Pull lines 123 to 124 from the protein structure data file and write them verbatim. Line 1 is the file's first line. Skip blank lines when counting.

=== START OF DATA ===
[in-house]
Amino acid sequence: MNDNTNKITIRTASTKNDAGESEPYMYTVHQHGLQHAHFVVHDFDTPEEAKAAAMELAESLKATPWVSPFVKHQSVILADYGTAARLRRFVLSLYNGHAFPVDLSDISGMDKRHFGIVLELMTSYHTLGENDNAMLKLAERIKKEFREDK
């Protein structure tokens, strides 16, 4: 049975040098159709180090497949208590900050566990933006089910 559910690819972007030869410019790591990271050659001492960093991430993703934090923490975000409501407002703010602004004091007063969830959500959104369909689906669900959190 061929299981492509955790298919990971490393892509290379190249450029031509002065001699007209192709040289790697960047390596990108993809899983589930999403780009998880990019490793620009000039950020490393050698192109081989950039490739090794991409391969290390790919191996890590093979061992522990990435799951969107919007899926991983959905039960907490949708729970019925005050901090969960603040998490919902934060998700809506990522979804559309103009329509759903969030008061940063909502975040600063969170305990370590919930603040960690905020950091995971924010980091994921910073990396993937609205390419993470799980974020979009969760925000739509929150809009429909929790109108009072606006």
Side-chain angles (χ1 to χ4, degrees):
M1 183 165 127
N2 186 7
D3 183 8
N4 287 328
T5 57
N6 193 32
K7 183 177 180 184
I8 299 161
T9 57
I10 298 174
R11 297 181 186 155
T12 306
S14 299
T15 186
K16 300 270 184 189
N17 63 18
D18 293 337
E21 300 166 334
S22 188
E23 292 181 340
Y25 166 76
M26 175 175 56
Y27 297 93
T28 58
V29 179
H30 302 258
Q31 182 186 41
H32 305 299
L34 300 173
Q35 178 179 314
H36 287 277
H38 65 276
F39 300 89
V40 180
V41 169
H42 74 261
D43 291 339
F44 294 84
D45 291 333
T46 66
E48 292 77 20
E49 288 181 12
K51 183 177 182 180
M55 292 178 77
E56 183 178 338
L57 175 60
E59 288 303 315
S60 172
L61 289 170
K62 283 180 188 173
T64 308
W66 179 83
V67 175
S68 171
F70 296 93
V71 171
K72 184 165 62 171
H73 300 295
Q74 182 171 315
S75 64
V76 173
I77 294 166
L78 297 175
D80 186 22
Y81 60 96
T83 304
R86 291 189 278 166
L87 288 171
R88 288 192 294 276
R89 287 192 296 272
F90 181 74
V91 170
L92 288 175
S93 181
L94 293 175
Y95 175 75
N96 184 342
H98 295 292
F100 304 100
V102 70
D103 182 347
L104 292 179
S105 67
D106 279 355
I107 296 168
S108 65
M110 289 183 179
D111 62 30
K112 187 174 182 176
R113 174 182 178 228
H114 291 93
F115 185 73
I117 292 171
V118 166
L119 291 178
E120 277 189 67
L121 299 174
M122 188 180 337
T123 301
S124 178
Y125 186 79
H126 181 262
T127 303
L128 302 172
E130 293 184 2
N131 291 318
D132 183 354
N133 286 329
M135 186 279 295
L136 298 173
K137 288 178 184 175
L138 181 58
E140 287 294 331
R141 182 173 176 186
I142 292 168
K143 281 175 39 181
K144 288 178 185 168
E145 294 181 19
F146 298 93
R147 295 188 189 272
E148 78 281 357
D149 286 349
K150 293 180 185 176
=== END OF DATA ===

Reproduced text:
F146 298 93
R147 295 188 189 272